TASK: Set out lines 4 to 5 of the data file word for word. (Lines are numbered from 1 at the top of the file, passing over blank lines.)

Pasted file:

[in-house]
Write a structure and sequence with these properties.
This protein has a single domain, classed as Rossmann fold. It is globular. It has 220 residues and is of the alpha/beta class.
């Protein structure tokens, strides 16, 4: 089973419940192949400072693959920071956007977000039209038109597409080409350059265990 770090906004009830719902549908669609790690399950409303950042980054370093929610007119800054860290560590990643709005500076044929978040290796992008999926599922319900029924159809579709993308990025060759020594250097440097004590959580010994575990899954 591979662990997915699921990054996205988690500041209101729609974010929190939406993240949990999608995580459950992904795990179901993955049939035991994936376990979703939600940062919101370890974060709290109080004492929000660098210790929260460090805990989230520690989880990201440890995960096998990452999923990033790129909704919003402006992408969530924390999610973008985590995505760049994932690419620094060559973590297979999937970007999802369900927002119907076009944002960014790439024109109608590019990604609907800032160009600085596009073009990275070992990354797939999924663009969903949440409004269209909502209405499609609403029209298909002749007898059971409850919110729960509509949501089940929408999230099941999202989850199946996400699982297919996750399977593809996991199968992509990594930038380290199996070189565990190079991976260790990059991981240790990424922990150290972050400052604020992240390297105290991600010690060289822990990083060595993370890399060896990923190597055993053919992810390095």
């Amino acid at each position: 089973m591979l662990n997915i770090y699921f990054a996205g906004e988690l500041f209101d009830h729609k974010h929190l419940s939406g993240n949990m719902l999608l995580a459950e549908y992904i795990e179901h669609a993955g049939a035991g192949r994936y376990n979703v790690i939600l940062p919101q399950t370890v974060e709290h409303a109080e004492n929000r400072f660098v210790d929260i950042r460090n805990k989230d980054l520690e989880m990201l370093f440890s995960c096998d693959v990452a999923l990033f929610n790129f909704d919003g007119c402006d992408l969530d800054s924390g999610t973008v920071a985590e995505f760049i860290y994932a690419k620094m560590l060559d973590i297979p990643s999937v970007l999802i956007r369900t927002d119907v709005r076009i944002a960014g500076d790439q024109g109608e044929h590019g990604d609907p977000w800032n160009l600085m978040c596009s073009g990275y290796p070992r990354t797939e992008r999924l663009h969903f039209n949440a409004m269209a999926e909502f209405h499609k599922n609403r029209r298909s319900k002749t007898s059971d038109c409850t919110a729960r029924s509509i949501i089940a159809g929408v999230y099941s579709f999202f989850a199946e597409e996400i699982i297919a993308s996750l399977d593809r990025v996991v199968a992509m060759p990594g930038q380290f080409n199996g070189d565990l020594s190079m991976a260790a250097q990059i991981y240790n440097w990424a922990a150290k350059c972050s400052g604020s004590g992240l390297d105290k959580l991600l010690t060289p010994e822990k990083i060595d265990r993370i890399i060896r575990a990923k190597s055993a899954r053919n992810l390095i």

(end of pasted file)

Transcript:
């Protein structure tokens, strides 16, 4: 089973419940192949400072693959920071956007977000039209038109597409080409350059265990 770090906004009830719902549908669609790690399950409303950042980054370093929610007119800054860290560590990643709005500076044929978040290796992008999926599922319900029924159809579709993308990025060759020594250097440097004590959580010994575990899954 591979662990997915699921990054996205988690500041209101729609974010929190939406993240949990999608995580459950992904795990179901993955049939035991994936376990979703939600940062919101370890974060709290109080004492929000660098210790929260460090805990989230520690989880990201440890995960096998990452999923990033790129909704919003402006992408969530924390999610973008985590995505760049994932690419620094060559973590297979999937970007999802369900927002119907076009944002960014790439024109109608590019990604609907800032160009600085596009073009990275070992990354797939999924663009969903949440409004269209909502209405499609609403029209298909002749007898059971409850919110729960509509949501089940929408999230099941999202989850199946996400699982297919996750399977593809996991199968992509990594930038380290199996070189565990190079991976260790990059991981240790990424922990150290972050400052604020992240390297105290991600010690060289822990990083060595993370890399060896990923190597055993053919992810390095």
């Amino acid at each position: 089973m591979l662990n997915i770090y699921f990054a996205g906004e988690l500041f209101d009830h729609k974010h929190l419940s939406g993240n949990m719902l999608l995580a459950e549908y992904i795990e179901h669609a993955g049939a035991g192949r994936y376990n979703v790690i939600l940062p919101q399950t370890v974060e709290h409303a109080e004492n929000r400072f660098v210790d929260i950042r460090n805990k989230d980054l520690e989880m990201l370093f440890s995960c096998d693959v990452a999923l990033f929610n790129f909704d919003g007119c402006d992408l969530d800054s924390g999610t973008v920071a985590e995505f760049i860290y994932a690419k620094m560590l060559d973590i297979p990643s999937v970007l999802i956007r369900t927002d119907v709005r076009i944002a960014g500076d790439q024109g109608e044929h590019g990604d609907p977000w800032n160009l600085m978040c596009s073009g990275y290796p070992r990354t797939e992008r999924l663009h969903f039209n949440a409004m269209a999926e909502f209405h499609k599922n609403r029209r298909s319900k002749t007898s059971d038109c409850t919110a729960r029924s509509i949501i089940a159809g929408v999230y099941s579709f999202f989850a199946e597409e996400i699982i297919a993308s996750l399977d593809r990025v996991v199968a992509m060759p990594g930038q380290f080409n199996g070189d565990l020594s190079m991976a260790a250097q990059i991981y240790n440097w990424a922990a150290k350059c972050s400052g604020s004590g992240l390297d105290k959580l991600l010690t060289p010994e822990k990083i060595d265990r993370i890399i060896r575990a990923k190597s055993a899954r053919n992810l390095i």